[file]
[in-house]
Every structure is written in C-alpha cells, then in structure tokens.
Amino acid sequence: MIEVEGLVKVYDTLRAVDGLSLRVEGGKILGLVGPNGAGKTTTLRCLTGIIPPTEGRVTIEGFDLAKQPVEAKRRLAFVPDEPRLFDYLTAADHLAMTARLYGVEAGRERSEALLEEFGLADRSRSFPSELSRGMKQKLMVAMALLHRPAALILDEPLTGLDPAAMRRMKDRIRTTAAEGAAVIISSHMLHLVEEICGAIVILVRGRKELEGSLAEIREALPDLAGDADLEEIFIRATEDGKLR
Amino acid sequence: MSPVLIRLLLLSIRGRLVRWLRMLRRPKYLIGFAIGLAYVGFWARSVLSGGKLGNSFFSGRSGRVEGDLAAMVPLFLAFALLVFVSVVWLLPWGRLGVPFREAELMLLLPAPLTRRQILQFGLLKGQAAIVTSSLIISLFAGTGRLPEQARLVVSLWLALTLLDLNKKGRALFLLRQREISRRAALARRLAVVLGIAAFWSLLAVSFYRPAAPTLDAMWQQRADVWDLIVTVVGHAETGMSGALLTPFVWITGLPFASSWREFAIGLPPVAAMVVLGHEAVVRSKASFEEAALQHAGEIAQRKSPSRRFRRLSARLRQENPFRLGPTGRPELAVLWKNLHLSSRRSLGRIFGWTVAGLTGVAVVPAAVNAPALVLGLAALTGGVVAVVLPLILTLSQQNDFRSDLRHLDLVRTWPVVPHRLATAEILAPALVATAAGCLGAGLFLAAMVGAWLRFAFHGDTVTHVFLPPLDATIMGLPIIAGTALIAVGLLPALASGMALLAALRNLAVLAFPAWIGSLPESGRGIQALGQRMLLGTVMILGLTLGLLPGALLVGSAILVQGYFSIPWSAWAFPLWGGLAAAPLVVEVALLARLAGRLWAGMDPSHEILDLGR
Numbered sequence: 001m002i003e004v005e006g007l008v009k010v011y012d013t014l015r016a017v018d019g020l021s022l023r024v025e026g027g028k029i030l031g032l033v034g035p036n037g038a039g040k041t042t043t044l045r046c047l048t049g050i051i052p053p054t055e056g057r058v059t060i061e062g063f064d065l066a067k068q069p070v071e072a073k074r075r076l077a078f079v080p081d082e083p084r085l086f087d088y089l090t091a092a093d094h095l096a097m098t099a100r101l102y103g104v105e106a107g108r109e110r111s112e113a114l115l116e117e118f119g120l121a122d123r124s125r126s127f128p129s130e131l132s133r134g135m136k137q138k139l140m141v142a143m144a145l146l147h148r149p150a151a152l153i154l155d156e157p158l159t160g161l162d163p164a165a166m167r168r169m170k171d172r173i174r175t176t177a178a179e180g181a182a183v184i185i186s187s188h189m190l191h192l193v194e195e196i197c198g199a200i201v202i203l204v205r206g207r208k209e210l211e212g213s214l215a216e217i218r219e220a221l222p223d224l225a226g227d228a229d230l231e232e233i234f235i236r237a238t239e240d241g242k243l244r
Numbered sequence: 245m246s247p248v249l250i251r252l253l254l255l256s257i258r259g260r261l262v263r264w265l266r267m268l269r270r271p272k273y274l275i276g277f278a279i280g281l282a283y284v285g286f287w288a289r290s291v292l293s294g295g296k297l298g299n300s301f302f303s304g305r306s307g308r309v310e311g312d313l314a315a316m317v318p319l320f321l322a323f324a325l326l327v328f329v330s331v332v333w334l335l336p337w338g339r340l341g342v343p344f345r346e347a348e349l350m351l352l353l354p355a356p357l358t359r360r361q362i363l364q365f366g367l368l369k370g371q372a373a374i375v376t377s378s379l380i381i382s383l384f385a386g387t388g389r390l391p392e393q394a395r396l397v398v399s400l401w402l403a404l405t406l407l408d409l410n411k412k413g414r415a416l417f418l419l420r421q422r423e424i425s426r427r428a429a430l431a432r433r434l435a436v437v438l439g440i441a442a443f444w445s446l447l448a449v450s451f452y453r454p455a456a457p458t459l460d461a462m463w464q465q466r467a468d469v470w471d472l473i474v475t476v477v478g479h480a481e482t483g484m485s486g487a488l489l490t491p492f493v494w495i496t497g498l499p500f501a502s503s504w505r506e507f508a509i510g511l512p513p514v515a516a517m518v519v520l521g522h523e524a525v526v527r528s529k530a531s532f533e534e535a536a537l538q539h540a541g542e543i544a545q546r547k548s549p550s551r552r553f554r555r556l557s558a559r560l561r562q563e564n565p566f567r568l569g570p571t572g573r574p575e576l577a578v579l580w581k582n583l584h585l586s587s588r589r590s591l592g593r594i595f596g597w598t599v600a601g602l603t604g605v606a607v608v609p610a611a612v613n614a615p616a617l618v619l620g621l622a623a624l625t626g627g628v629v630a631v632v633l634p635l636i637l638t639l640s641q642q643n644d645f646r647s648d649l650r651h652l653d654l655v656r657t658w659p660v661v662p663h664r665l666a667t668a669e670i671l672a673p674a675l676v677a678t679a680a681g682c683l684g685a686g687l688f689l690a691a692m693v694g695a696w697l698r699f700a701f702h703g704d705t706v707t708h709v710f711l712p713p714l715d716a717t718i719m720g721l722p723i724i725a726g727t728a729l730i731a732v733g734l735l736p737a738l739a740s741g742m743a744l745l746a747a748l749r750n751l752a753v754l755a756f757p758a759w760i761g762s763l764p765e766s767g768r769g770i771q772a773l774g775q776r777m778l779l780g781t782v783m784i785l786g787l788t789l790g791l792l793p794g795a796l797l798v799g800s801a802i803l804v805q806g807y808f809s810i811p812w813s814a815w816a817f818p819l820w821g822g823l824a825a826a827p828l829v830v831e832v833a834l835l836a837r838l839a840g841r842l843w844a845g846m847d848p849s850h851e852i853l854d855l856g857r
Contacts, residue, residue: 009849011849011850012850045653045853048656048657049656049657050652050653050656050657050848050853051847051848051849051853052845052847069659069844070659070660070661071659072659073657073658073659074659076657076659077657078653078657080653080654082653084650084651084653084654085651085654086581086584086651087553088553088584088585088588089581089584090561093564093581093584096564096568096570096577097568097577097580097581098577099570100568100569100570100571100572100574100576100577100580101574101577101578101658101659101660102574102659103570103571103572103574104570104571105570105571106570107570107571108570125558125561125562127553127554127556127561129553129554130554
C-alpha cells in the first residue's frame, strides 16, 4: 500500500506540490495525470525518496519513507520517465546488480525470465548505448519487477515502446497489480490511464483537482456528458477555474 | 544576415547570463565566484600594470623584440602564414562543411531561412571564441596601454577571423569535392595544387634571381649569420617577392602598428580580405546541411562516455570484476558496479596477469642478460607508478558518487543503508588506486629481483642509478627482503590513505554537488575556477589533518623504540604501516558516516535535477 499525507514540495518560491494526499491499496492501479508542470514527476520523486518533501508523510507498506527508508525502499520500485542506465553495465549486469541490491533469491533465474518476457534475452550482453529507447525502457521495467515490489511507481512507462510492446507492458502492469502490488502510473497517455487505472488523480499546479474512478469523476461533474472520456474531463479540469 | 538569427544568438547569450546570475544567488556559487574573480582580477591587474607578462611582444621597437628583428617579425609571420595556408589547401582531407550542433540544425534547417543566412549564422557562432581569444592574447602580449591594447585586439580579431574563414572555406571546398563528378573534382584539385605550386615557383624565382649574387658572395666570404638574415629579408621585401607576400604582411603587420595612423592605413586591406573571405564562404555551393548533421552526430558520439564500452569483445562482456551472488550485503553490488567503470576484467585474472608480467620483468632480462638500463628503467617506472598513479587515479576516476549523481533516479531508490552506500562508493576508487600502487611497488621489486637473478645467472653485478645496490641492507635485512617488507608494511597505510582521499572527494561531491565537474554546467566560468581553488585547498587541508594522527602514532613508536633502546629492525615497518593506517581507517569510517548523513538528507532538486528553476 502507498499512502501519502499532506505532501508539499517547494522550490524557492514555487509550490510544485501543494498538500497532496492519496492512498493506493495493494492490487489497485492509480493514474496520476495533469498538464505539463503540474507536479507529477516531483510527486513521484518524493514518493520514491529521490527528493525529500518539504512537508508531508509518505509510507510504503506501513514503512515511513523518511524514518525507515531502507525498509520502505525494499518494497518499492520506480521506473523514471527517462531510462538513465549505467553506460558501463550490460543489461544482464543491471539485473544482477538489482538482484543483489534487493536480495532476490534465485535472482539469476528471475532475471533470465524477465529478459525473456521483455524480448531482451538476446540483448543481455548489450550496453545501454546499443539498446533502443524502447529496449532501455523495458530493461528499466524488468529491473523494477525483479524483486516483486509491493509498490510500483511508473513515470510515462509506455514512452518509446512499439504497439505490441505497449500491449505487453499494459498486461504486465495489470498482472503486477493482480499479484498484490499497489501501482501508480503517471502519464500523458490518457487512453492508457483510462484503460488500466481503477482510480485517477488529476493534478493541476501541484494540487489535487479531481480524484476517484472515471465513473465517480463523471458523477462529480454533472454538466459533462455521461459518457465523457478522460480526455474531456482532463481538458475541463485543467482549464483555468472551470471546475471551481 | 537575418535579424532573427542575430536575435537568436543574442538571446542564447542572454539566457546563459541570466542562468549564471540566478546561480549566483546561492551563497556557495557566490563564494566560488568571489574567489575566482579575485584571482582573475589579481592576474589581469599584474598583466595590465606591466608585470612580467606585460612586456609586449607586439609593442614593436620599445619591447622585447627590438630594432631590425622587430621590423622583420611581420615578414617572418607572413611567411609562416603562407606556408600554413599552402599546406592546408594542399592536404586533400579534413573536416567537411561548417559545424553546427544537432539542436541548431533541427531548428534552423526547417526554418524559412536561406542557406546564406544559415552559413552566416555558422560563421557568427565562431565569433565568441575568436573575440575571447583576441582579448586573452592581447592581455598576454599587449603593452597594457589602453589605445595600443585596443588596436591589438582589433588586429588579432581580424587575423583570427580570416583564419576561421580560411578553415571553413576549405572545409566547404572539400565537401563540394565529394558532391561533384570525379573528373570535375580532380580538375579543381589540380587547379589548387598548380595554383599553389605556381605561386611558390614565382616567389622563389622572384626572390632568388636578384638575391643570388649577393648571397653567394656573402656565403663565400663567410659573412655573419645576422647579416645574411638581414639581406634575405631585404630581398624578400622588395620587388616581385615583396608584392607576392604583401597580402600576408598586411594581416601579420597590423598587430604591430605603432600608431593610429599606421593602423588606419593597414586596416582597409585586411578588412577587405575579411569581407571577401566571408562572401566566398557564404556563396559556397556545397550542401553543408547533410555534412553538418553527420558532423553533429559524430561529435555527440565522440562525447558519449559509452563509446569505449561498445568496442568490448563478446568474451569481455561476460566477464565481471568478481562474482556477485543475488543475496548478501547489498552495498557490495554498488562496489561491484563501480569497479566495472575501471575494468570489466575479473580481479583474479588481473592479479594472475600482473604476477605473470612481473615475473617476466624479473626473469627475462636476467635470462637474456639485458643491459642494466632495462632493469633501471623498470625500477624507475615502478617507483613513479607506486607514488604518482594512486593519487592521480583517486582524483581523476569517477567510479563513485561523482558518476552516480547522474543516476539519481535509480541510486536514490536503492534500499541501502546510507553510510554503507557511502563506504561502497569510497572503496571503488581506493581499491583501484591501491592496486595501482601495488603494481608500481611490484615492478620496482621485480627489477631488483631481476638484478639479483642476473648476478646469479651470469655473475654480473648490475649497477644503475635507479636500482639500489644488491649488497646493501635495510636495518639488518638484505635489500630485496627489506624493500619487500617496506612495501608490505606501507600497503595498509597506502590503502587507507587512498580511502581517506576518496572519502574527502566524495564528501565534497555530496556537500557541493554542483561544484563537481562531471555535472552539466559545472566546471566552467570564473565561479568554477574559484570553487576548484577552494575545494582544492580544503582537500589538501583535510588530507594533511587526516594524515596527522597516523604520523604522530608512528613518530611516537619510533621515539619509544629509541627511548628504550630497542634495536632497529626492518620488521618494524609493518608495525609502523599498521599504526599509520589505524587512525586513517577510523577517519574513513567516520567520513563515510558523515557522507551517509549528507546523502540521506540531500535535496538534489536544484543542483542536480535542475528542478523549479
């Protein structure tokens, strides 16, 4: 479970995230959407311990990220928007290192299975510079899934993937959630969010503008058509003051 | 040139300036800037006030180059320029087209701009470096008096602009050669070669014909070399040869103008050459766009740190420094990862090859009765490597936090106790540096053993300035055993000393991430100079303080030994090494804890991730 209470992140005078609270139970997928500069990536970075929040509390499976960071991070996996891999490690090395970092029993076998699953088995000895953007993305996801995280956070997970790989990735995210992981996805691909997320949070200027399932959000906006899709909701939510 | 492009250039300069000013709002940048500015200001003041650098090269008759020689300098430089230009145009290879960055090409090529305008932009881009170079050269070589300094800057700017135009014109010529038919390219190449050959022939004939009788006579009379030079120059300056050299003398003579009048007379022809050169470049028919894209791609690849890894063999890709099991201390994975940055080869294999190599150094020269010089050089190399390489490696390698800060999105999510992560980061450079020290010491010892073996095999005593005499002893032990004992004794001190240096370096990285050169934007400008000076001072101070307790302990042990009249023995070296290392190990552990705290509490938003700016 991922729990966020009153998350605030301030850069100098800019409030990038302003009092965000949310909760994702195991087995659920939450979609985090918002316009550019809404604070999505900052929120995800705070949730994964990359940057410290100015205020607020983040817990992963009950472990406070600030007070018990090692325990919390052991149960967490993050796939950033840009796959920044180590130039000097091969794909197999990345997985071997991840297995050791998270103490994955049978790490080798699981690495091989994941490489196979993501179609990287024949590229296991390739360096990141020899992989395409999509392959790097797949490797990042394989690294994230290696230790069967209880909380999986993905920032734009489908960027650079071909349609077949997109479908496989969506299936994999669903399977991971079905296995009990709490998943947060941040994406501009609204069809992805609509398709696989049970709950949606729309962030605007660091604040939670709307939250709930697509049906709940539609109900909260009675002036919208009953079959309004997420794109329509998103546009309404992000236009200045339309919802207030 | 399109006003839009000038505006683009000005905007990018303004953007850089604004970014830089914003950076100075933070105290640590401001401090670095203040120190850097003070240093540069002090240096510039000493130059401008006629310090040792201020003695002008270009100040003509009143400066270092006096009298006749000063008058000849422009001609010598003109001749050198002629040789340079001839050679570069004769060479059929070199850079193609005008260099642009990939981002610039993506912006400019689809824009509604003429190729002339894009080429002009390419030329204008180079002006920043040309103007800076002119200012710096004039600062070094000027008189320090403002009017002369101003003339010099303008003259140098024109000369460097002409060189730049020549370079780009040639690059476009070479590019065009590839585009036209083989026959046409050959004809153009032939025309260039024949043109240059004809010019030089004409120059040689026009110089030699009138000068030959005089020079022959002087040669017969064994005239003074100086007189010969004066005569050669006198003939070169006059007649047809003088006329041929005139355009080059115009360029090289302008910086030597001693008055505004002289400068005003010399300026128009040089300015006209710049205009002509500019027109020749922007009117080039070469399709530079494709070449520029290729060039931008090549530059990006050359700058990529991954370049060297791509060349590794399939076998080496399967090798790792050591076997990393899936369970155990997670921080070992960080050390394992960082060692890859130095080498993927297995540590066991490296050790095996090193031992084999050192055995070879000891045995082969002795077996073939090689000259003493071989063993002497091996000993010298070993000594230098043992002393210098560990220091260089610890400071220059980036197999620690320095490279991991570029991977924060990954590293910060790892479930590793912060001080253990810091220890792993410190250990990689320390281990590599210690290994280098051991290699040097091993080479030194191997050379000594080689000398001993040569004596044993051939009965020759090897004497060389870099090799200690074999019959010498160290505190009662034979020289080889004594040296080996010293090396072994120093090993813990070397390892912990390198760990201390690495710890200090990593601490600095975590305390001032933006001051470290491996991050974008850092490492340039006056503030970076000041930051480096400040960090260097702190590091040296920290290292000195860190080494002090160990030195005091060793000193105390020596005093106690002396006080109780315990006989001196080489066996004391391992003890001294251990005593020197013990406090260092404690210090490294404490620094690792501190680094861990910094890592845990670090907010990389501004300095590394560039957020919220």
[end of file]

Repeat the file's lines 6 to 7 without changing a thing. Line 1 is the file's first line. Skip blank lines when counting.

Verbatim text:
Numbered sequence: 245m246s247p248v249l250i251r252l253l254l255l256s257i258r259g260r261l262v263r264w265l266r267m268l269r270r271p272k273y274l275i276g277f278a279i280g281l282a283y284v285g286f287w288a289r290s291v292l293s294g295g296k297l298g299n300s301f302f303s304g305r306s307g308r309v310e311g312d313l314a315a316m317v318p319l320f321l322a323f324a325l326l327v328f329v330s331v332v333w334l335l336p337w338g339r340l341g342v343p344f345r346e347a348e349l350m351l352l353l354p355a356p357l358t359r360r361q362i363l364q365f366g367l368l369k370g371q372a373a374i375v376t377s378s379l380i381i382s383l384f385a386g387t388g389r390l391p392e393q394a395r396l397v398v399s400l401w402l403a404l405t406l407l408d409l410n411k412k413g414r415a416l417f418l419l420r421q422r423e424i425s426r427r428a429a430l431a432r433r434l435a436v437v438l439g440i441a442a443f444w445s446l447l448a449v450s451f452y453r454p455a456a457p458t459l460d461a462m463w464q465q466r467a468d469v470w471d472l473i474v475t476v477v478g479h480a481e482t483g484m485s486g487a488l489l490t491p492f493v494w495i496t497g498l499p500f501a502s503s504w505r506e507f508a509i510g511l512p513p514v515a516a517m518v519v520l521g522h523e524a525v526v527r528s529k530a531s532f533e534e535a536a537l538q539h540a541g542e543i544a545q546r547k548s549p550s551r552r553f554r555r556l557s558a559r560l561r562q563e564n565p566f567r568l569g570p571t572g573r574p575e576l577a578v579l580w581k582n583l584h585l586s587s588r589r590s591l592g593r594i595f596g597w598t599v600a601g602l603t604g605v606a607v608v609p610a611a612v613n614a615p616a617l618v619l620g621l622a623a624l625t626g627g628v629v630a631v632v633l634p635l636i637l638t639l640s641q642q643n644d645f646r647s648d649l650r651h652l653d654l655v656r657t658w659p660v661v662p663h664r665l666a667t668a669e670i671l672a673p674a675l676v677a678t679a680a681g682c683l684g685a686g687l688f689l690a691a692m693v694g695a696w697l698r699f700a701f702h703g704d705t706v707t708h709v710f711l712p713p714l715d716a717t718i719m720g721l722p723i724i725a726g727t728a729l730i731a732v733g734l735l736p737a738l739a740s741g742m743a744l745l746a747a748l749r750n751l752a753v754l755a756f757p758a759w760i761g762s763l764p765e766s767g768r769g770i771q772a773l774g775q776r777m778l779l780g781t782v783m784i785l786g787l788t789l790g791l792l793p794g795a796l797l798v799g800s801a802i803l804v805q806g807y808f809s810i811p812w813s814a815w816a817f818p819l820w821g822g823l824a825a826a827p828l829v830v831e832v833a834l835l836a837r838l839a840g841r842l843w844a845g846m847d848p849s850h851e852i853l854d855l856g857r
Contacts, residue, residue: 009849011849011850012850045653045853048656048657049656049657050652050653050656050657050848050853051847051848051849051853052845052847069659069844070659070660070661071659072659073657073658073659074659076657076659077657078653078657080653080654082653084650084651084653084654085651085654086581086584086651087553088553088584088585088588089581089584090561093564093581093584096564096568096570096577097568097577097580097581098577099570100568100569100570100571100572100574100576100577100580101574101577101578101658101659101660102574102659103570103571103572103574104570104571105570105571106570107570107571108570125558125561125562127553127554127556127561129553129554130554